The study will compare six month of cycling exercise during dialysis (intervention group) against normal dialysis care (no intervention). The intervention group will use specially adapted and calibrated exercise bicycles three times a week during dialysis, aiming for 30 minutes continuous cycling at a level perceived by patients as 'somewhat hard'. This is set on an individual basis after an assessment with a trained member of staff and is then adjusted as required to progress training. Our pilot exercise programme has been well tolerated with no adverse symptoms reported in any of the exercising patients. It is accessible to patients of different age, gender, culture and ethnicity.
Primary outcome measures
Reduction in left ventricular mass; Timepoint(s): Measured at baseline and after 6-months of exercise intervention.
Secondary outcome measures
1. Measurements of cardiac structure and function measured using MRI and echocardiography (e.g. left ventricular ejection fraction, blood oxygen delivery)
2. Cardiac rhythm measured using 48 hour ambulatory monitoring
3. Non-invasive cardiac measurements (e.g.blood pressure)
4. Measurements of height, weight, waist circumference and body composition analysis
5. Physical functioning measures including walking and standing tests
6. Objective assessment of habitual physical activity using accelerometry
7. Quality of life and perceived function scores using a variety of validated questionnaires
8. Blood markers of myocardial dysfunction and risk
9. Blood markers of the malnutrition and inflammation
Overall trial start date
Overall trial end date
Participant inclusion criteria
1. Be a prevalent haemodialysis patient (on haemodialysis for more than 3 months)
2. Age 18 years or older
3. Able and willing to give informed consent
Target number of participants
Planned Sample Size: 130; UK Sample Size: 130; Description: To have 80% power to detect a difference between treatment and control groups of a reduction in LV mass of 15g, with an attrition rate of 10%, 65 patients are required in each group.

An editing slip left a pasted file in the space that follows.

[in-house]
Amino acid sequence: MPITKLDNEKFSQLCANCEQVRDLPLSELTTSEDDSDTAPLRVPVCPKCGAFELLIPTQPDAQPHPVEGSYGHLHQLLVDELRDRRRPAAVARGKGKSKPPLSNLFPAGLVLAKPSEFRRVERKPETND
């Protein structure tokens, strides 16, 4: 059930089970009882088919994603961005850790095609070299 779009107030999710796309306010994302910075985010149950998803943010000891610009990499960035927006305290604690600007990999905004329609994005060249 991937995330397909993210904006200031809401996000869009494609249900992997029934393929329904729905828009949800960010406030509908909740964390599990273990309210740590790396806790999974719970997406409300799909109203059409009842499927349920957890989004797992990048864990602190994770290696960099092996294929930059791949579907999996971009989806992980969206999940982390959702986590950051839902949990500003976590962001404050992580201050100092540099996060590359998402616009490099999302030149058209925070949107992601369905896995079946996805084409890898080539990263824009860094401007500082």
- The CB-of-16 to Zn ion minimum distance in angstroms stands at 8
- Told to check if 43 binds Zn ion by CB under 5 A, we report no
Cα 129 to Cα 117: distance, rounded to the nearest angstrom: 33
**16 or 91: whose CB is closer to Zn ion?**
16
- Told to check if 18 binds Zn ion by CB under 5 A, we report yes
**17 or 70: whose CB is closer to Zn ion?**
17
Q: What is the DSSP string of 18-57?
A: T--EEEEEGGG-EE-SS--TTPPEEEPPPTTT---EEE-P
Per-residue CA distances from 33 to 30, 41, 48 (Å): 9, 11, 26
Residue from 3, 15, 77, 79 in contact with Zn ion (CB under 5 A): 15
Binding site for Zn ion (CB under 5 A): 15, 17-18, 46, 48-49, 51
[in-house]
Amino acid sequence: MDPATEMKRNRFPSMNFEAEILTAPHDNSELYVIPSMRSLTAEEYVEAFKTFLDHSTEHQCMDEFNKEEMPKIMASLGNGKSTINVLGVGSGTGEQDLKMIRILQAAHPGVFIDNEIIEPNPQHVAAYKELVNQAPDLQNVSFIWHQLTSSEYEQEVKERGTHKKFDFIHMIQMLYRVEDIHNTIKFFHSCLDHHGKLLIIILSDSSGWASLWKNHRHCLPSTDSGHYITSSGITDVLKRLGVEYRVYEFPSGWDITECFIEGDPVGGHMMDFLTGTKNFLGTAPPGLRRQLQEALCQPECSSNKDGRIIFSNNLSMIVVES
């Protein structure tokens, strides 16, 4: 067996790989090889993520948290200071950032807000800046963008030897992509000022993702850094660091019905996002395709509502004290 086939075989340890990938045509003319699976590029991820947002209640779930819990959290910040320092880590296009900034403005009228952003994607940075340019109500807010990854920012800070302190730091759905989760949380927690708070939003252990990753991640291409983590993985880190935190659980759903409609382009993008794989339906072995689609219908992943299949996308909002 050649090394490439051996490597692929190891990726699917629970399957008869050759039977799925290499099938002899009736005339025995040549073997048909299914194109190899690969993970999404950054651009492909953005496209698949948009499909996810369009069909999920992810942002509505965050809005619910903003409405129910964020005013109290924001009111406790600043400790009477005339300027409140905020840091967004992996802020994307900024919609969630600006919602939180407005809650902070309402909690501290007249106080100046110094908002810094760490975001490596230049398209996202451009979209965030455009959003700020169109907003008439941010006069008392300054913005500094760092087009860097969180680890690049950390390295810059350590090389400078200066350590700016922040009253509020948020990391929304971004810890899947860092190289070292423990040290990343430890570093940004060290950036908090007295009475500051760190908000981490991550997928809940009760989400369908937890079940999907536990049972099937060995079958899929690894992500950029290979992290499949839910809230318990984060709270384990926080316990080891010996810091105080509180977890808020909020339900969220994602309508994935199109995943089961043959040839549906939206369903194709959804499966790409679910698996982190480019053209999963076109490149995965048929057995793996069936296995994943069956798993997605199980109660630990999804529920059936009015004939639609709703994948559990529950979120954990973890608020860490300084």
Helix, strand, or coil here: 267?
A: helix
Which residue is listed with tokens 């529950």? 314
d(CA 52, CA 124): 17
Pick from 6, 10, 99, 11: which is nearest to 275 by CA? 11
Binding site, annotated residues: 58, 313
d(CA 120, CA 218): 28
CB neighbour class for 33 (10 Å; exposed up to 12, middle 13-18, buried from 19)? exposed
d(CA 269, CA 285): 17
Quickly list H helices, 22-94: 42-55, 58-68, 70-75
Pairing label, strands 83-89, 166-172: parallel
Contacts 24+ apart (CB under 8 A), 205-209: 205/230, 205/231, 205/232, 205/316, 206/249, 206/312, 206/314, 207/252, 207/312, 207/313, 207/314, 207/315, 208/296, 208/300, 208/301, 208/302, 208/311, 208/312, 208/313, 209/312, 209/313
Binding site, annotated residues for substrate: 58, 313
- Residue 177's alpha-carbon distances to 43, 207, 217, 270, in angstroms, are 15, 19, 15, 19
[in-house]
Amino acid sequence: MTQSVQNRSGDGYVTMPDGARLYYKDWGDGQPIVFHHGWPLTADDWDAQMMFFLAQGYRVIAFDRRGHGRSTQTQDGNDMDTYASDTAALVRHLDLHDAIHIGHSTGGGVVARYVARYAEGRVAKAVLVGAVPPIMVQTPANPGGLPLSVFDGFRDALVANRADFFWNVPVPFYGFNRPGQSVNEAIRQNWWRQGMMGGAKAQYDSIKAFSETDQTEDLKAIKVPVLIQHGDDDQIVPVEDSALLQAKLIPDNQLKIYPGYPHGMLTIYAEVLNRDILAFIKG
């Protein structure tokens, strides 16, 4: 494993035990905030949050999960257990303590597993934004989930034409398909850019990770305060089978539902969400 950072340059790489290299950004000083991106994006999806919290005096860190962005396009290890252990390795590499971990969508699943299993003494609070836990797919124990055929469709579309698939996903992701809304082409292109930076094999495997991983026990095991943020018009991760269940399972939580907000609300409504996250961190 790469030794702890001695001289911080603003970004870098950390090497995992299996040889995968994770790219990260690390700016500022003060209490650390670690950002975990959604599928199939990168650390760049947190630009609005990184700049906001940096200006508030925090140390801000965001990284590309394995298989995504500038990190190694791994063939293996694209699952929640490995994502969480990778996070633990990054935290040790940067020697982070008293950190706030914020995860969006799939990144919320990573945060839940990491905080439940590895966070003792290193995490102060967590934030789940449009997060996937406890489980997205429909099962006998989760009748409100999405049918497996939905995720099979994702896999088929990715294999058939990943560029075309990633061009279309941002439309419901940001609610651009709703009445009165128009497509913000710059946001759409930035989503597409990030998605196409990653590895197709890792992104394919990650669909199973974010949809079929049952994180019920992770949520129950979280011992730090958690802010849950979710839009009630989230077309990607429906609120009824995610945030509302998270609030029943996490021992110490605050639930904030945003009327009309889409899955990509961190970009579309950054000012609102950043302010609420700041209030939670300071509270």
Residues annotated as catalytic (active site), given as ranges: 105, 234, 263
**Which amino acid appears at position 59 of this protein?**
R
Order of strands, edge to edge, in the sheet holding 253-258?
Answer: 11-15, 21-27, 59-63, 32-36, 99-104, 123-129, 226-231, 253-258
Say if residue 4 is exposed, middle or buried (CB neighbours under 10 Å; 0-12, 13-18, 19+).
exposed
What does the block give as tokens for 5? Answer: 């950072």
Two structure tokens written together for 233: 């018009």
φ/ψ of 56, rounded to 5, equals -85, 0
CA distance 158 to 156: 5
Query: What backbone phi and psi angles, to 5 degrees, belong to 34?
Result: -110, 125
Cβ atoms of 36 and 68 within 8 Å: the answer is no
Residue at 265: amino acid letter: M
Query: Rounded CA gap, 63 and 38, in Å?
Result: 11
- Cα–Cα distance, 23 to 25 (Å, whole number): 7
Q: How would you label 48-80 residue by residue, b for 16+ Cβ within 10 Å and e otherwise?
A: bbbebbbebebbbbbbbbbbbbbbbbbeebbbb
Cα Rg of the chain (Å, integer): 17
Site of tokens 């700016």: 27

Participant exclusion criteria
1. Unable to participate in current exercise program due to perceived physical or psychological barriers
2. Unable to undergo MRI scanning (metal implants / prostheses, claustrophobia etc.)
3. Unfit to undertake exercise according to the American College of Sports Medicine guidelines
4. Contraindications to exercise testing (35) that include:
4.1. Recent significant change in resting ECG that suggests significant ischaemia, recent myocardial infarction (2 weeks) or other acute cardiac event;
4.2. Unstable angina;
4.3. Uncontrolled cardiac dysrhythmias causing symptoms or haemodynamic compromise;
4.4. Symptomatic severe aortic stenosis
4.5. Uncontrolled symptomatic heart failure
4.6. Acute pulmonary embolus or pulmonary infarction
4.7. Acute myocarditis or pericarditis
4.8. Suspected or known dissecting aneurysm
4.9. Acute systemic infection, accompanied by fever, body aches or swollen lymph glands
5. Age <18 years
6. Unable or unwilling to give informed consent
Recruitment start date
Recruitment end date
Countries of recruitment
Trial participating centre
University of Leicester
Department of Infection, Immunity and Inflammation Maurice Shock Medical Sciences Building University Road
National Institute for Health Research
Funding Body Type
Funding Body Subtype
Results and Publications
Publication and dissemination plan
Methodology data, including reproducibility of imaging techniques, as will the data on cardiac rhythm will be published within the first 18 months. Baseline cross sectional data, including cardiac and physical function, will be published around 6 months after recruitment has closed. We anticipate publication of the primary outcome data within 12 months of the end of the trial.
IPD sharing statement
The data sharing plans for the current study are unknown and will be made available at a later date.
Intention to publish date
Participant level data
To be made available at a later date
Results - basic reporting
2016 protocol in: http://www.ncbi.nlm.nih.gov/pubmed/27391774